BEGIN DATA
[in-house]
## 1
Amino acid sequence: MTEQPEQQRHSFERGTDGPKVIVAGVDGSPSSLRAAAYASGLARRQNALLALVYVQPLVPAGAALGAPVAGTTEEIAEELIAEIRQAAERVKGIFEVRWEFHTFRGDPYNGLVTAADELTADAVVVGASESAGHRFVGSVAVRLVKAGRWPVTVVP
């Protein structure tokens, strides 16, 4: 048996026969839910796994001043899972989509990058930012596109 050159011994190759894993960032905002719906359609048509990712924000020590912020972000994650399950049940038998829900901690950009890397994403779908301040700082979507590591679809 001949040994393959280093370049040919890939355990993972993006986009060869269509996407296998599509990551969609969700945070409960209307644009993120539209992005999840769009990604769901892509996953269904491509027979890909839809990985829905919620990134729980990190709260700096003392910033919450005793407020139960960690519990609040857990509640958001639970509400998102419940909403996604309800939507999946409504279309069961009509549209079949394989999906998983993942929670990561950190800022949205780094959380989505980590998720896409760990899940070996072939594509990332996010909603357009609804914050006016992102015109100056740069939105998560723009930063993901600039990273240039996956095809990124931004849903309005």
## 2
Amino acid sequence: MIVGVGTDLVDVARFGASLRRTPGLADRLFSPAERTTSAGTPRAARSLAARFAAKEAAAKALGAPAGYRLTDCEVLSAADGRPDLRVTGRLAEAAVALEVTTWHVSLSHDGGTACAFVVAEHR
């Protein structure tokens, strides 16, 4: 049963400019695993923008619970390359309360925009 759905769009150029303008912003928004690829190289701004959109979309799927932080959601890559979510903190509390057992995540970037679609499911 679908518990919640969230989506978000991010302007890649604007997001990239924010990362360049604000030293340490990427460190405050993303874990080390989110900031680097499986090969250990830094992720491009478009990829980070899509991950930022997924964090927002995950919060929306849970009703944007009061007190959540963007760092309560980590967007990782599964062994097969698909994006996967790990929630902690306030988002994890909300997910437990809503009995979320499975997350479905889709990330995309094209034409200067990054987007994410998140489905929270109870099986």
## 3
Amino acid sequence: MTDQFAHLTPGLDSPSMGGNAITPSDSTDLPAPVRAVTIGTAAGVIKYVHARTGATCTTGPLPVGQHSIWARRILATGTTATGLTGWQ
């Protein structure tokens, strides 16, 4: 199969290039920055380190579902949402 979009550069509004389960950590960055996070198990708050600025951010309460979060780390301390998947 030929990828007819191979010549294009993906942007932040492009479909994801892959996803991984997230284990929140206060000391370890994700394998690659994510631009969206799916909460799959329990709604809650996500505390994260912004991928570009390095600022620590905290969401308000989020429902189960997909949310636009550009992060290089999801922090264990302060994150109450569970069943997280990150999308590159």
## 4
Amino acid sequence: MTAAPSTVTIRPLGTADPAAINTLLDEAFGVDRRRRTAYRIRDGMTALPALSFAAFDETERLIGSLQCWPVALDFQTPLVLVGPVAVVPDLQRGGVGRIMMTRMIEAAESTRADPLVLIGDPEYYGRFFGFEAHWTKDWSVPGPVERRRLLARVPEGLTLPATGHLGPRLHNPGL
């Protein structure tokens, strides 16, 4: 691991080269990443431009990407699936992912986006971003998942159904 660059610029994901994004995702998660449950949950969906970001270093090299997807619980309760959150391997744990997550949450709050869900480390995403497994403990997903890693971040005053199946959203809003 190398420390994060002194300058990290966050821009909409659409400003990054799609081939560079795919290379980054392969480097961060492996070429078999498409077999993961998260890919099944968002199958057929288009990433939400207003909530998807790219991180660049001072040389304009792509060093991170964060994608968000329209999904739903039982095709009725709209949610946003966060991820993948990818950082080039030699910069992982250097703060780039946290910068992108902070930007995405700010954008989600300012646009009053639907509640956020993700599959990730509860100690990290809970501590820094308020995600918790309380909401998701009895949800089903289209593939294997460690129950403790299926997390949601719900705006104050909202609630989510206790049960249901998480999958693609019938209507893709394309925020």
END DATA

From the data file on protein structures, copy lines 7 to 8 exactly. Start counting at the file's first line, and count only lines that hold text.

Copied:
């Protein structure tokens, strides 16, 4: 049963400019695993923008619970390359309360925009 759905769009150029303008912003928004690829190289701004959109979309799927932080959601890559979510903190509390057992995540970037679609499911 679908518990919640969230989506978000991010302007890649604007997001990239924010990362360049604000030293340490990427460190405050993303874990080390989110900031680097499986090969250990830094992720491009478009990829980070899509991950930022997924964090927002995950919060929306849970009703944007009061007190959540963007760092309560980590967007990782599964062994097969698909994006996967790990929630902690306030988002994890909300997910437990809503009995979320499975997350479905889709990330995309094209034409200067990054987007994410998140489905929270109870099986």
## 3